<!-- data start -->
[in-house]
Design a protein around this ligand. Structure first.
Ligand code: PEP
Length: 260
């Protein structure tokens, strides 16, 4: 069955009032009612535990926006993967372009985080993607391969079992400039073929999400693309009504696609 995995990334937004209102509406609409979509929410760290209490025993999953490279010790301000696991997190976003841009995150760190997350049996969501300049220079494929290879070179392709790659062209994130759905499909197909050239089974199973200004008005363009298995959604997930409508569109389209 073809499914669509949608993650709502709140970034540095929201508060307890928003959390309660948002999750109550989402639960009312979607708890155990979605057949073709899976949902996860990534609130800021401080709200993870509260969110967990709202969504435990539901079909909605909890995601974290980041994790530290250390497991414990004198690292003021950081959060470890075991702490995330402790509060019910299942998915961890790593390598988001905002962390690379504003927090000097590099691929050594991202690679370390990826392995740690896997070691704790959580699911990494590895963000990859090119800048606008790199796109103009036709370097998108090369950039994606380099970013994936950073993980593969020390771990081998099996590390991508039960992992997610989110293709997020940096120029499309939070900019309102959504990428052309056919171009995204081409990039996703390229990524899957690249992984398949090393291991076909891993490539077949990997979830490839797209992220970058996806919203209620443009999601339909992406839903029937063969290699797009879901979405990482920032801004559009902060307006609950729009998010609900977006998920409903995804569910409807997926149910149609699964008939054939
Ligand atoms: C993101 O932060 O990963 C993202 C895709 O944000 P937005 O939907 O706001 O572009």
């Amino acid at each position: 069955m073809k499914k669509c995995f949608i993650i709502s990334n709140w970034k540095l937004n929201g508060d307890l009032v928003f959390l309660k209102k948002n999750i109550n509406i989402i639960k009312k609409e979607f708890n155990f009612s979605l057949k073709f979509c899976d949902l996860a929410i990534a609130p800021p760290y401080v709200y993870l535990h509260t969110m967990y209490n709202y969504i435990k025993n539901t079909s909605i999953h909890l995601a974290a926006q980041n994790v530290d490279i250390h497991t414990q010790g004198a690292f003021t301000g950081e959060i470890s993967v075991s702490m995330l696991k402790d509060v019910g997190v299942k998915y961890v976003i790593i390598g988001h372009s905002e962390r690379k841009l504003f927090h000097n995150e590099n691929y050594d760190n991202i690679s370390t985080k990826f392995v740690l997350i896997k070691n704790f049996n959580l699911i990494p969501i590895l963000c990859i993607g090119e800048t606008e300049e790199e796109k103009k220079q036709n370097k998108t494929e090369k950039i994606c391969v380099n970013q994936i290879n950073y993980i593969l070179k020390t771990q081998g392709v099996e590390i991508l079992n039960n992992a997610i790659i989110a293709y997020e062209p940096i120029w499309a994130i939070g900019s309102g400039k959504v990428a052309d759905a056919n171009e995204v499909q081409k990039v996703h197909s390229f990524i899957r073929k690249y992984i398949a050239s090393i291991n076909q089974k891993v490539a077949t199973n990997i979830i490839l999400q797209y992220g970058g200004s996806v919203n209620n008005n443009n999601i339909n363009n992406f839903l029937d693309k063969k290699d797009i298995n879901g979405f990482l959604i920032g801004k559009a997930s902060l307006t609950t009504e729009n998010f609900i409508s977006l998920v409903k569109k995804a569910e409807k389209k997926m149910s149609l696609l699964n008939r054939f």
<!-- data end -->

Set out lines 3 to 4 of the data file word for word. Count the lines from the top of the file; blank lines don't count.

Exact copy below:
Ligand code: PEP
Length: 260